Cuddeford asked to call him back. Kang figured he would be hit up for a donation. Instead, Cuddeford asked, “What would the DPT program look like if you built it?”

“You have to go beyond academics,” Kang responded. “You have to have really good clinical people.” A therapist, to Kang’s way of thinking, needs to be like Sam the bartender: know their patient’s name, know their story, know their struggle. That’s where healing begins.

Conversations continued, and three years later Kang sold his practice and moved with his family to Oregon, becoming part of something he believes can change the world.

As he teaches students, Kang remembers Ruben pulling him up and saying, “We’re gonna do this together.” He remembers Fred, an older student in PT school, who helped him memorize the anatomy, teaching him study skills along the way. He remembers being humbled by his own lack of ability, and shares the stories.

“My hope is that we will come out of our silos and start caring for the patient together. That’s the way we will fight burnout for all professions and give the absolute best care for the patient.”

“The biggest thing that scares me is being a fake,” he says. “I try to be as honest as I can. Becoming honest with oneself is actually really difficult.”

It took Kang three years to figure out how to teach the skill he excelled in: being an excellent clinician, caring for his patients. “The best compliment I get is, ‘He’s teaching me how to do it,’” he says. “I want the DPT students to be the absolute best clinicians in the world – but at the same time, I want them to learn how not to burn out.”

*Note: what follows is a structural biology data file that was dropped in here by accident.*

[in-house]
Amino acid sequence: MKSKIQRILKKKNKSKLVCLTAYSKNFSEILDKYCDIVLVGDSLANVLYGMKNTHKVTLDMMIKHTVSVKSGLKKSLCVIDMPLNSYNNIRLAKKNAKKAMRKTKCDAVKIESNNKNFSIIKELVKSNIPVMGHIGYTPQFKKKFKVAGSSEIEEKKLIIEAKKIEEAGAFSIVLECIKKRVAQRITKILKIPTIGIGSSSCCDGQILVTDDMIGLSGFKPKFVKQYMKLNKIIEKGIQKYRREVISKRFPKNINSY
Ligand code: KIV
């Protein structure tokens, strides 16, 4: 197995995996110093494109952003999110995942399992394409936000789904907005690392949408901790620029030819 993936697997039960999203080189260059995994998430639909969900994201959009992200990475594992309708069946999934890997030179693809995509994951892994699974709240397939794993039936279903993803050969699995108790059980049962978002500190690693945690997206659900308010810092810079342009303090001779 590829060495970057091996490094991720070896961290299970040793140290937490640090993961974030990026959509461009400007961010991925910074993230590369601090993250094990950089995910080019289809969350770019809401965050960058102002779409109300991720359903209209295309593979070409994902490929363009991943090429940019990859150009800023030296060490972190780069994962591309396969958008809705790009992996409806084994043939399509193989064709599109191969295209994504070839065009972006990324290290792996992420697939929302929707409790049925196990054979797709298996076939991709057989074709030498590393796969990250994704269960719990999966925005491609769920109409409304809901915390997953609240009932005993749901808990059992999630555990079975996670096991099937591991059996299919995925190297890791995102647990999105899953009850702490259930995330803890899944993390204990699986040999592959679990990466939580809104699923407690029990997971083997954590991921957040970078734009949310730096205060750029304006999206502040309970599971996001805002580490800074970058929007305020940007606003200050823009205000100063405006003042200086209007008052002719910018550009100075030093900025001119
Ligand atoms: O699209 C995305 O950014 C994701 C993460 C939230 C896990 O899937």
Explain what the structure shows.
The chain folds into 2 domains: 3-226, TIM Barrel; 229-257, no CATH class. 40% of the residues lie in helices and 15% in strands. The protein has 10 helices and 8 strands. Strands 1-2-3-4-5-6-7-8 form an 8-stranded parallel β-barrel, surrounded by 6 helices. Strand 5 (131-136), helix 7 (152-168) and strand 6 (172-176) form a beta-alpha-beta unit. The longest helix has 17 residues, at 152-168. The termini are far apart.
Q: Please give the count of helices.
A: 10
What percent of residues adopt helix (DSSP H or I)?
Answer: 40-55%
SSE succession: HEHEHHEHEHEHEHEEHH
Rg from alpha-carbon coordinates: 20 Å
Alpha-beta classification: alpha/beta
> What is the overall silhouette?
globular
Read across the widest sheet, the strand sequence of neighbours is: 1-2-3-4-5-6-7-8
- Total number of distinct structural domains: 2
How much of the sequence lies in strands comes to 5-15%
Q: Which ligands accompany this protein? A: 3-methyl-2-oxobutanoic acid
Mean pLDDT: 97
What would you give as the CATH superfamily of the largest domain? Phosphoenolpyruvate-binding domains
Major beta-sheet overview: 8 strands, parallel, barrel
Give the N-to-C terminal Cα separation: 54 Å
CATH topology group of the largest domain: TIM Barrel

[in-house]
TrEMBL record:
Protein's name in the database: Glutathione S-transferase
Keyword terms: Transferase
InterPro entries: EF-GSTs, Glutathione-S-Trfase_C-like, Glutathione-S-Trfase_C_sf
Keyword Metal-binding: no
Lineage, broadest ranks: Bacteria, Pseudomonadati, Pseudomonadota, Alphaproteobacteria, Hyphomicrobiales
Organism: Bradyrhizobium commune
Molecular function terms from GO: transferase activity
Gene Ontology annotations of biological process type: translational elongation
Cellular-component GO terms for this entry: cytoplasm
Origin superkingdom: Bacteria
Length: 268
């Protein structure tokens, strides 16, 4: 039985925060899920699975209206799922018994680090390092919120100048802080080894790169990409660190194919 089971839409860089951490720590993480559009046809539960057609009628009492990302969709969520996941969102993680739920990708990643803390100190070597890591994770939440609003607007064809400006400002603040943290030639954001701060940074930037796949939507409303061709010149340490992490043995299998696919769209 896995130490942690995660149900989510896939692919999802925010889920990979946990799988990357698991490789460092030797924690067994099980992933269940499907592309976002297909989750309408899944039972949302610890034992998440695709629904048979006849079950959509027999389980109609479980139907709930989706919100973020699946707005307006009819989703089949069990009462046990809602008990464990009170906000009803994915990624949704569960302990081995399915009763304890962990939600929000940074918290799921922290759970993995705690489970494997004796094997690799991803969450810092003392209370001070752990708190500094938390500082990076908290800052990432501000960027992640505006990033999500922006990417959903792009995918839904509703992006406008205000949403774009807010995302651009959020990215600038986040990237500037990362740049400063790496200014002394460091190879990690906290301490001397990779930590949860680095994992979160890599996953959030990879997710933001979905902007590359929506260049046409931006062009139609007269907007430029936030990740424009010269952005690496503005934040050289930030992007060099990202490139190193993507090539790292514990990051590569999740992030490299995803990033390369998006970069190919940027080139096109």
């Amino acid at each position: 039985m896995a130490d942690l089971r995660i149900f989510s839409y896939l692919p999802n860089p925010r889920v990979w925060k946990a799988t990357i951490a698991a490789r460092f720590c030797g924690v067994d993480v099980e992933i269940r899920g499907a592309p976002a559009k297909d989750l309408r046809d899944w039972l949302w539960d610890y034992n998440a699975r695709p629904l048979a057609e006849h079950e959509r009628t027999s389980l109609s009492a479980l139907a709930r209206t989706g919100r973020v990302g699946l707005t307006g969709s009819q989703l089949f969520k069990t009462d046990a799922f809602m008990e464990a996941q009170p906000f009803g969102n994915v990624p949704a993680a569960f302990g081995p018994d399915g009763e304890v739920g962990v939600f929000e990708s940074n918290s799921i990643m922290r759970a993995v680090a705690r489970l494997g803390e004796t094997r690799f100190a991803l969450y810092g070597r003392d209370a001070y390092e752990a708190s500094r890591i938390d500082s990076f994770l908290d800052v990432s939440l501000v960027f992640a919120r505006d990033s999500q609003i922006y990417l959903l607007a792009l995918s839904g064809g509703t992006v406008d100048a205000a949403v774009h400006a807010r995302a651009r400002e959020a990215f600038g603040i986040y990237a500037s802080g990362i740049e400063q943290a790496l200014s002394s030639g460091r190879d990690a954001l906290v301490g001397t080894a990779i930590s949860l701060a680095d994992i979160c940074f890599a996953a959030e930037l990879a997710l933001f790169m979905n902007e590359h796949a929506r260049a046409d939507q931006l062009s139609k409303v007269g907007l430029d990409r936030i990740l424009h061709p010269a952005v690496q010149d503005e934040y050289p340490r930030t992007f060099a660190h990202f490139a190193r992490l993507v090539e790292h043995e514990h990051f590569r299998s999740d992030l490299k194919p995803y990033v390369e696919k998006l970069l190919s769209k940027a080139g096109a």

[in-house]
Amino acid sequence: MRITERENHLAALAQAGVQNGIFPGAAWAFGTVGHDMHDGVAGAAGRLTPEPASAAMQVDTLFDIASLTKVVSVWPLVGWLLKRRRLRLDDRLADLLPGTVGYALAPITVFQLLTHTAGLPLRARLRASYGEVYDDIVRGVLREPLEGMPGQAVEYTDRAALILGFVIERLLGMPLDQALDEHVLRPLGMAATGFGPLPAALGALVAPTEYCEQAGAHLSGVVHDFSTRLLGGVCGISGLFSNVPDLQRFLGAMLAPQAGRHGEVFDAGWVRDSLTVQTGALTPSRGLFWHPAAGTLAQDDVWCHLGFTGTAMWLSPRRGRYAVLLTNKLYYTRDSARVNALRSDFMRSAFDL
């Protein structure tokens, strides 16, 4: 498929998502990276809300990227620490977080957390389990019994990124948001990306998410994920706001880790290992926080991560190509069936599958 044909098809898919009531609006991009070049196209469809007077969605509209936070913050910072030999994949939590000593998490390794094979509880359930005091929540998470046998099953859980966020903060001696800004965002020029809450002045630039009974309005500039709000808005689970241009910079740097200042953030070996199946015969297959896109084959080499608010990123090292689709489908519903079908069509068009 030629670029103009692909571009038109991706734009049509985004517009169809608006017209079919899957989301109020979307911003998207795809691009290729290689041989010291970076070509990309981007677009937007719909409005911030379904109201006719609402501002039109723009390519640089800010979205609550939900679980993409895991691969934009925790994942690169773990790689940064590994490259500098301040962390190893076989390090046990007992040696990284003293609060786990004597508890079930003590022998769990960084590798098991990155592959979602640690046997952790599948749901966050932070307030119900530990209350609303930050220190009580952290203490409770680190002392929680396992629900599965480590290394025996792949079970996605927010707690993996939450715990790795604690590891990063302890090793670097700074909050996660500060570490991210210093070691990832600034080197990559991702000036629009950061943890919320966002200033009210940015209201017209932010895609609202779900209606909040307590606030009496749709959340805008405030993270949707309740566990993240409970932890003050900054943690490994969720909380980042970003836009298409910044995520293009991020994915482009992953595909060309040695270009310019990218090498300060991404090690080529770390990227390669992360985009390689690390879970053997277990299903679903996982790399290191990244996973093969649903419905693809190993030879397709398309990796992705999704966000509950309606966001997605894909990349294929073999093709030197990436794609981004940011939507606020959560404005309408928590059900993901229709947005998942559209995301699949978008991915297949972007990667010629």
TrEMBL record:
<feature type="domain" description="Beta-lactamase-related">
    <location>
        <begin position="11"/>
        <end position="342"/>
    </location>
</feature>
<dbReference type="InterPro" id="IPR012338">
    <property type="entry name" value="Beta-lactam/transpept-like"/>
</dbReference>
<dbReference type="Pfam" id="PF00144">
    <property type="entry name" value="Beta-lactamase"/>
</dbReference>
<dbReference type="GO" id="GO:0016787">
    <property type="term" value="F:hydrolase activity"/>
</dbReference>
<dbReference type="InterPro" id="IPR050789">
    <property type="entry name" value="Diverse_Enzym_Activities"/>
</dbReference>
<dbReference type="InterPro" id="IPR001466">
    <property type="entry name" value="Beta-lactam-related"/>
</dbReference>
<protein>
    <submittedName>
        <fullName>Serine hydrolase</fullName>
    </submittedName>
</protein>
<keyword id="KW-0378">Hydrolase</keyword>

This gets to the core of Kang’s passion: treating the whole person, and teaching the whole student.

People living in chronic pain are Kang’s best illustration of those needing holistic treatment. A course on chronic pain previously named the “pain course” has changed to “person-centered approach.” Figuring out that pain, he says, always goes back to relationship – relationship with the patient, and collaboration with other caregivers. “My hope is that we will come out of our silos and start caring for the patient together,” Kang says. “That’s the way we will fight burnout for all professions and give the absolute best care for the patient.”

Teaching the whole student, for Kang, includes the spiritual. It’s the bio-psychosocial-spiritual model. Teaching the whole student is not just about taking an interest in them; it’s also helping students ask themselves, “Who am I as a person?” and “What does God have for me?”

Though a professor and dean now, Kang has held every position in the PT industry. “I knew I wanted to be with people,” he says, “but I didn’t know what my gifting was. I accepted the Lord at age 21, and that correlates perfectly with finding my vocation. My purpose started coming from the Lord.

“The No. 1 thing was honoring God, and second was teaching our students to be excellent clinicians. That’s been my job ever since.”